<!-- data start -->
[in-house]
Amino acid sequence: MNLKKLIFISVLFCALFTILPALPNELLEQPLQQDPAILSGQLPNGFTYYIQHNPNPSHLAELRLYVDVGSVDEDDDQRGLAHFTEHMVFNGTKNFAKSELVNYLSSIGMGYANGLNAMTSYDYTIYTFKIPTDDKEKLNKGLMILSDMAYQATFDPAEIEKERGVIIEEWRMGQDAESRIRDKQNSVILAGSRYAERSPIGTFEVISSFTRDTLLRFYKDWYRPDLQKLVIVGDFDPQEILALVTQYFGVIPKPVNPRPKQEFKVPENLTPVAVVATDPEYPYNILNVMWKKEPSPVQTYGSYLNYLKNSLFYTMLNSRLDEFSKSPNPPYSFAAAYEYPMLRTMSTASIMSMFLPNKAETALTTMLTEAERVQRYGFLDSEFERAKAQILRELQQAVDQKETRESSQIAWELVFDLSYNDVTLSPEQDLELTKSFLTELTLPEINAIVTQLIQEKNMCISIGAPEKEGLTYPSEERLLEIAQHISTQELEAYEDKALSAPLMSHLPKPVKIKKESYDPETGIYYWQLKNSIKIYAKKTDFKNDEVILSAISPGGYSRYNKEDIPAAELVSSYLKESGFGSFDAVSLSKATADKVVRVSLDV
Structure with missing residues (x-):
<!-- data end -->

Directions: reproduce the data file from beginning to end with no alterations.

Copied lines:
[in-house]
Amino acid sequence: MNLKKLIFISVLFCALFTILPALPNELLEQPLQQDPAILSGQLPNGFTYYIQHNPNPSHLAELRLYVDVGSVDEDDDQRGLAHFTEHMVFNGTKNFAKSELVNYLSSIGMGYANGLNAMTSYDYTIYTFKIPTDDKEKLNKGLMILSDMAYQATFDPAEIEKERGVIIEEWRMGQDAESRIRDKQNSVILAGSRYAERSPIGTFEVISSFTRDTLLRFYKDWYRPDLQKLVIVGDFDPQEILALVTQYFGVIPKPVNPRPKQEFKVPENLTPVAVVATDPEYPYNILNVMWKKEPSPVQTYGSYLNYLKNSLFYTMLNSRLDEFSKSPNPPYSFAAAYEYPMLRTMSTASIMSMFLPNKAETALTTMLTEAERVQRYGFLDSEFERAKAQILRELQQAVDQKETRESSQIAWELVFDLSYNDVTLSPEQDLELTKSFLTELTLPEINAIVTQLIQEKNMCISIGAPEKEGLTYPSEERLLEIAQHISTQELEAYEDKALSAPLMSHLPKPVKIKKESYDPETGIYYWQLKNSIKIYAKKTDFKNDEVILSAISPGGYSRYNKEDIPAAELVSSYLKESGFGSFDAVSLSKATADKVVRVSLDV
Structure with missing residues (x-):